Do the recommendations fit within your corporate culture and address the organization’s needs? Are the plans aligned for the sales roles you have in place? Does the plan’s pay level match the talent needs and does it offer the optimum level of sales aggressiveness? Does the plan address the sales strategy and is it measurable? Will the plan achieve the right level of acceleration? Are there any details that still need to be filled in? How will this plan be communicated and can the sales goals be established from the plan? Will the new sales plan drive the salespeople’s behavior in a way that is easy for them to understand and will it help them achieve optimal performance?
Test the Plan Using Cost Modeling. Don’t jump the gun and finalize your plan until you have tested it using scenario-based cost modeling. The last thing you want to do is to have to modify the plan because your strategies aren’t being realized. There are three scenarios you want to test the plan against: a bad year, an average year and a good year. How does the plan cost compared to last year’s plan? Are there any reps that win or lose and is that gap acceptable? Do the economics of the compensation cost of sales under the different scenarios make sense or do they need fine tuning before they are released?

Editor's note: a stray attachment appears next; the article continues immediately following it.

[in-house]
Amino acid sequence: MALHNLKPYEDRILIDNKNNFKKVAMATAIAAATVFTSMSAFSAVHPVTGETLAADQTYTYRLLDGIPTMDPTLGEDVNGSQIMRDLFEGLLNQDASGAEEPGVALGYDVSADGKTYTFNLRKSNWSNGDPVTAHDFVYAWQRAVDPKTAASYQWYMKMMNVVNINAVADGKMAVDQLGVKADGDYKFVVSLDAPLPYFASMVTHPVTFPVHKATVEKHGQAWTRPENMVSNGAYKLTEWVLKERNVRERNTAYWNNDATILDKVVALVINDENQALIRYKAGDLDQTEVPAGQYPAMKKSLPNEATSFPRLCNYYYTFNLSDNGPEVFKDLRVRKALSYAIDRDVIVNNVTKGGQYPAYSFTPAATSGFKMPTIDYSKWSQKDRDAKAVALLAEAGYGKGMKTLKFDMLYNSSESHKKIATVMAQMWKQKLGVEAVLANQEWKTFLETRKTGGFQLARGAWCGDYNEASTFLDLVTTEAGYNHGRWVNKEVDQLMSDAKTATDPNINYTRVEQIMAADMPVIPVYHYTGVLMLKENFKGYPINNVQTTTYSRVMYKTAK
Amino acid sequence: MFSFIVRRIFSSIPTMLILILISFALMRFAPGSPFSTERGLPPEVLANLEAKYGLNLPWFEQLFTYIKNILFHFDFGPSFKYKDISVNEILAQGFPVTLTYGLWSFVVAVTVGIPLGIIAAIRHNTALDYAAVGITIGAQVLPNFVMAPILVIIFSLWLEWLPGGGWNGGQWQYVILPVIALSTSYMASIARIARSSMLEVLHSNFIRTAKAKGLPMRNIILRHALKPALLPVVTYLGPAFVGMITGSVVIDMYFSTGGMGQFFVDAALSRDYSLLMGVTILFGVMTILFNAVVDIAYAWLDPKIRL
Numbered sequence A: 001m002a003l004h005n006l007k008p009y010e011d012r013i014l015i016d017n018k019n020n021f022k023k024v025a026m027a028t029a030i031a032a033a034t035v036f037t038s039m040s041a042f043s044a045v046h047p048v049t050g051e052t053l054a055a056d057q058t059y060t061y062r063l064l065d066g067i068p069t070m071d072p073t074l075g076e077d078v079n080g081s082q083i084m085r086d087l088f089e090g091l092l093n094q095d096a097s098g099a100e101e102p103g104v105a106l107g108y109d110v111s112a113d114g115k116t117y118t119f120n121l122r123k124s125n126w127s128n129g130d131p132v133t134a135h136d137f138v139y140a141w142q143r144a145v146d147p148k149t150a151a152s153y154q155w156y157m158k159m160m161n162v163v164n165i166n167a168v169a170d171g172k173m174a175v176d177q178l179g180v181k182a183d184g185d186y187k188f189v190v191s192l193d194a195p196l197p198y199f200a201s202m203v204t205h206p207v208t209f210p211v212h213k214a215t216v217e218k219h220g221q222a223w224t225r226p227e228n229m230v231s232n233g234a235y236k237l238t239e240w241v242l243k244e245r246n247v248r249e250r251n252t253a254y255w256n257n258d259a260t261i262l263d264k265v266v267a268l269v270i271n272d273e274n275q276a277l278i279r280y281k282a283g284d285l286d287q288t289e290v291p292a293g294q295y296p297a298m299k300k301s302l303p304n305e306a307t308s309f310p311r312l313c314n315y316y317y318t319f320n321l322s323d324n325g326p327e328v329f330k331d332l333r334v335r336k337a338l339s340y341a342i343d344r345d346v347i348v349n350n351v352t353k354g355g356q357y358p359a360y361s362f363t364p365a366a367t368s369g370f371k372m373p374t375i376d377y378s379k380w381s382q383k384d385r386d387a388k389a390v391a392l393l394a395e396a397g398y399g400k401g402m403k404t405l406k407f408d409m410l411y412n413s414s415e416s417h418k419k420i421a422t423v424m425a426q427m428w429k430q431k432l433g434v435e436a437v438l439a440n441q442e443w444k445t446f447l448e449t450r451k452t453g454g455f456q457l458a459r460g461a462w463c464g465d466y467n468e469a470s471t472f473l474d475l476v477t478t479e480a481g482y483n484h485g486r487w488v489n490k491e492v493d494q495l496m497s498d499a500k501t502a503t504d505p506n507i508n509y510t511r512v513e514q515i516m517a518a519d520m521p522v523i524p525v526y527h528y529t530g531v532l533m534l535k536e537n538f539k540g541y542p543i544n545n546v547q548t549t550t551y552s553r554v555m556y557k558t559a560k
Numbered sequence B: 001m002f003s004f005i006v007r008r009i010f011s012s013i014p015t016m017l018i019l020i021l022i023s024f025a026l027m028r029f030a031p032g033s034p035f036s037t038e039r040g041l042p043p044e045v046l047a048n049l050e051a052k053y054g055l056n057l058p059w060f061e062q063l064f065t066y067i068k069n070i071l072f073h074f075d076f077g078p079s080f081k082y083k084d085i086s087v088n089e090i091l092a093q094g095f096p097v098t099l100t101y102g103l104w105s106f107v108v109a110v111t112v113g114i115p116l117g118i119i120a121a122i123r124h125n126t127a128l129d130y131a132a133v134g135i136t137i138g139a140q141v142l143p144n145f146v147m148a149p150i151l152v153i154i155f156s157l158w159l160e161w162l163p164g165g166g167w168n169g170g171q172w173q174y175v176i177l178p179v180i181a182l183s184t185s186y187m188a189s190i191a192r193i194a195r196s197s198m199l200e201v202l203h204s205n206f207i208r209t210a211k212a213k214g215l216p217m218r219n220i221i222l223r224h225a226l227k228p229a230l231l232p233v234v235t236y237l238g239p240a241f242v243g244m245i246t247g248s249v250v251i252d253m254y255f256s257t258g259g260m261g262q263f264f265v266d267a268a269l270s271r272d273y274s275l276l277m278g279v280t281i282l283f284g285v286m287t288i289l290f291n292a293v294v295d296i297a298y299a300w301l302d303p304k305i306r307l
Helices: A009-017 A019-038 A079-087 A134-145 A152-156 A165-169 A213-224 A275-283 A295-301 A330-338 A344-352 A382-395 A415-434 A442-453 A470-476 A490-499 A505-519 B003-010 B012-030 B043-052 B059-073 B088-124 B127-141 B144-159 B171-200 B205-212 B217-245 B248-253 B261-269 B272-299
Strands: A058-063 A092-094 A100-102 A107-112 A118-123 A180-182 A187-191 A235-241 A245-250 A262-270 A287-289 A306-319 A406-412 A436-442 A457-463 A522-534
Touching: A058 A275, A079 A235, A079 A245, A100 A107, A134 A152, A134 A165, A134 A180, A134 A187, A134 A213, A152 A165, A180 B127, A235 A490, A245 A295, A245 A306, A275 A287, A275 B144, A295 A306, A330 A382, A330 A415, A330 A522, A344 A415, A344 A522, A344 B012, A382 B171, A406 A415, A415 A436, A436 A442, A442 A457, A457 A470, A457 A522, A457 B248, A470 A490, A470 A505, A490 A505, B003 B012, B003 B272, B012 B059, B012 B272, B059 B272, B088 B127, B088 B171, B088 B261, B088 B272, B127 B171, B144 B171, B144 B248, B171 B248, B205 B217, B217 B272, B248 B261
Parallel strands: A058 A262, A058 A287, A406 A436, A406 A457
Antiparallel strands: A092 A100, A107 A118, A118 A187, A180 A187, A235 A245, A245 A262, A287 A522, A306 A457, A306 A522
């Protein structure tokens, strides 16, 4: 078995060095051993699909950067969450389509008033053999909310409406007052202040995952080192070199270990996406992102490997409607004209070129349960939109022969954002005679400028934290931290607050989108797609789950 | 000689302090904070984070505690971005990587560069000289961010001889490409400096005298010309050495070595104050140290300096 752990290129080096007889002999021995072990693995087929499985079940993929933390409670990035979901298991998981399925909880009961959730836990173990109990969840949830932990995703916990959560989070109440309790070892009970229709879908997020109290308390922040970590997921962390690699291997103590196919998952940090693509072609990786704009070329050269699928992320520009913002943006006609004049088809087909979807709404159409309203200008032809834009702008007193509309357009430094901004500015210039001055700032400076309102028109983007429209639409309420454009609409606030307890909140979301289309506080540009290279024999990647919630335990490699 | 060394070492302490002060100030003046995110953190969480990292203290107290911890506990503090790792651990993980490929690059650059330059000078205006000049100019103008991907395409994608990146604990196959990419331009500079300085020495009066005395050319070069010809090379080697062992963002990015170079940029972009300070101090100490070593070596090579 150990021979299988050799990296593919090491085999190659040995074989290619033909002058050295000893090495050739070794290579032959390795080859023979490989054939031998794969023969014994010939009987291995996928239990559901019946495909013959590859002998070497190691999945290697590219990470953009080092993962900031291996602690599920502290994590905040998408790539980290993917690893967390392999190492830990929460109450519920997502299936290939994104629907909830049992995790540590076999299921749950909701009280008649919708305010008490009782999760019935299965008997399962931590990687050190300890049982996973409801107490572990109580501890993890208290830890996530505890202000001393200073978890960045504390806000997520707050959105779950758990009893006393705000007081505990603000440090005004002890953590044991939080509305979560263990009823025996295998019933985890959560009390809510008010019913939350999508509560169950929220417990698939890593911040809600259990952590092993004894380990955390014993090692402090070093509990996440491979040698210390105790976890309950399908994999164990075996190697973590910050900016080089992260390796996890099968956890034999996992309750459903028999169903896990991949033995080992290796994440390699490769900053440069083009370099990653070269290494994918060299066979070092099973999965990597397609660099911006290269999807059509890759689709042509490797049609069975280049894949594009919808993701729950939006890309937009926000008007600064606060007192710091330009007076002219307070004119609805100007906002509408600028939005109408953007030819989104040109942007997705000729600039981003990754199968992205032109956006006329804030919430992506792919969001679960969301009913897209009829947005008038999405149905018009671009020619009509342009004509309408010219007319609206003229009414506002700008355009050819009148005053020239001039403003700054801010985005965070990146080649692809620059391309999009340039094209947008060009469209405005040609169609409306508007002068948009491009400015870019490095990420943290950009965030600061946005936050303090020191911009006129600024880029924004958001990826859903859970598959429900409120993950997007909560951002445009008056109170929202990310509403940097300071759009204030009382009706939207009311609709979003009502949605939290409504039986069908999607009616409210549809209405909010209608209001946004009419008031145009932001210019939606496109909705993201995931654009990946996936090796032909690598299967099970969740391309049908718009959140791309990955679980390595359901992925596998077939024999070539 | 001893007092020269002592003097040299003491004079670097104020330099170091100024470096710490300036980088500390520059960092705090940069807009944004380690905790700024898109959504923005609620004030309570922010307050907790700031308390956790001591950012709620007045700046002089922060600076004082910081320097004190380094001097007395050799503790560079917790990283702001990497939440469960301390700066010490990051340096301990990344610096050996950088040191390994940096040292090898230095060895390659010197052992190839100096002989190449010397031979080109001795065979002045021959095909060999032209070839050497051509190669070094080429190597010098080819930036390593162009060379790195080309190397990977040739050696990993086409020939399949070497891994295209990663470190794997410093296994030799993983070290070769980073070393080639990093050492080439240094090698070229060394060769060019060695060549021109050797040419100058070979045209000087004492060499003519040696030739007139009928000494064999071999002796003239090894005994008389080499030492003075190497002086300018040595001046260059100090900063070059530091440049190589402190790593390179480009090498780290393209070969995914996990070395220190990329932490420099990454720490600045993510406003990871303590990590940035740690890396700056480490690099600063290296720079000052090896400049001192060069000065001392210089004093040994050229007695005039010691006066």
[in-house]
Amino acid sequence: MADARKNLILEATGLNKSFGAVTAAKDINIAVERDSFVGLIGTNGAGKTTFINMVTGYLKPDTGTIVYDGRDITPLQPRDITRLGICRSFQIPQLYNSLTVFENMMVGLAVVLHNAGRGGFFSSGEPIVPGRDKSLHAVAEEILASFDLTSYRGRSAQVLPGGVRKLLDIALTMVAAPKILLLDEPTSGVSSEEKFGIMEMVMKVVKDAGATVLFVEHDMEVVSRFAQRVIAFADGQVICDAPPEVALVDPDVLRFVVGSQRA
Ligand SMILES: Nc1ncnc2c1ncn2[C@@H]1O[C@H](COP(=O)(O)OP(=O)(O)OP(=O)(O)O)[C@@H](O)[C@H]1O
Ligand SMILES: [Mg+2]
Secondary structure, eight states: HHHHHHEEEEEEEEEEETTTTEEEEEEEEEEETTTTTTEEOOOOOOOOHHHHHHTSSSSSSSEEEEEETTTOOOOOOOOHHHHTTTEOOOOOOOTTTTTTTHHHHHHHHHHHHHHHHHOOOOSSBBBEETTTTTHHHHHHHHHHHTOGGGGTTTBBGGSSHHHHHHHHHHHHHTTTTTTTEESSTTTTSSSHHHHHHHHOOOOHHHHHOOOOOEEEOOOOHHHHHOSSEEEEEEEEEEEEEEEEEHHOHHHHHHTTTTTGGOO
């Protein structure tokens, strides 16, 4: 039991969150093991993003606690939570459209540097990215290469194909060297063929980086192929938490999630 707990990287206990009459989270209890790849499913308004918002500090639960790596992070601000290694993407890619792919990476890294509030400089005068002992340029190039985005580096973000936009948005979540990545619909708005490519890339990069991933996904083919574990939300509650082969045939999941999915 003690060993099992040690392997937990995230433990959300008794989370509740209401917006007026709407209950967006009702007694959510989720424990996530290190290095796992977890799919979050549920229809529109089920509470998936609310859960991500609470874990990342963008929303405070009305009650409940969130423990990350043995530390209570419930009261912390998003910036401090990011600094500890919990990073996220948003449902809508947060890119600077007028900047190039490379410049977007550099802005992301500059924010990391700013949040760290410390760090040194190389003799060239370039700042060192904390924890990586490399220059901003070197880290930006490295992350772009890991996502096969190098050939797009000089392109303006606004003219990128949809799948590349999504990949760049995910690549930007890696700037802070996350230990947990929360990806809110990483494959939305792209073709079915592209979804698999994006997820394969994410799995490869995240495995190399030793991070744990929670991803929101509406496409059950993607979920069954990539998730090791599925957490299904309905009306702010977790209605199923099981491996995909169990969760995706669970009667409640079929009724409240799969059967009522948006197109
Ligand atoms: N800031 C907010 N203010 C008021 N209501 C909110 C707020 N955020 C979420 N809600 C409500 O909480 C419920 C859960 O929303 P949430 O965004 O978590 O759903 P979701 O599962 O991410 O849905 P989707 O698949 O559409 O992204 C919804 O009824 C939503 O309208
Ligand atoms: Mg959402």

Define the Rollout. This last step is the one that is most skipped and given the least attention but is really important. You have to carve out time to do this and execute it well. Create a presentation that addresses: What is the new plan, why are we making changes and how will it be measured? Make sure to share who was on the design team and hopefully you made sure they were well-respected within the group. This is also a great time to share how the team matters and their potential payout from the new plan.
Use your sales skills to sell them on the plan don’t just talk at them. Go the extra mile and bring clear plan documents and even a plan calculator to further aid their understanding. Hold off on the roll-out until the start of the year so they can continue to help you meet your year-end numbers. Make sure you are available if anyone has additional questions.
Start Today. This process for defining the sales compensation plan can be done if you focus. It must be the priority and involve the right people in the planning and design stage. If you have budget remaining for the year you could always involve a third-party to help drive the process and provide expertise. The sales compensation plan is the best enabler of your organizations performance, give it the attention it deserves. Time is getting short but you still have time to drive your sales organizations success for the coming year.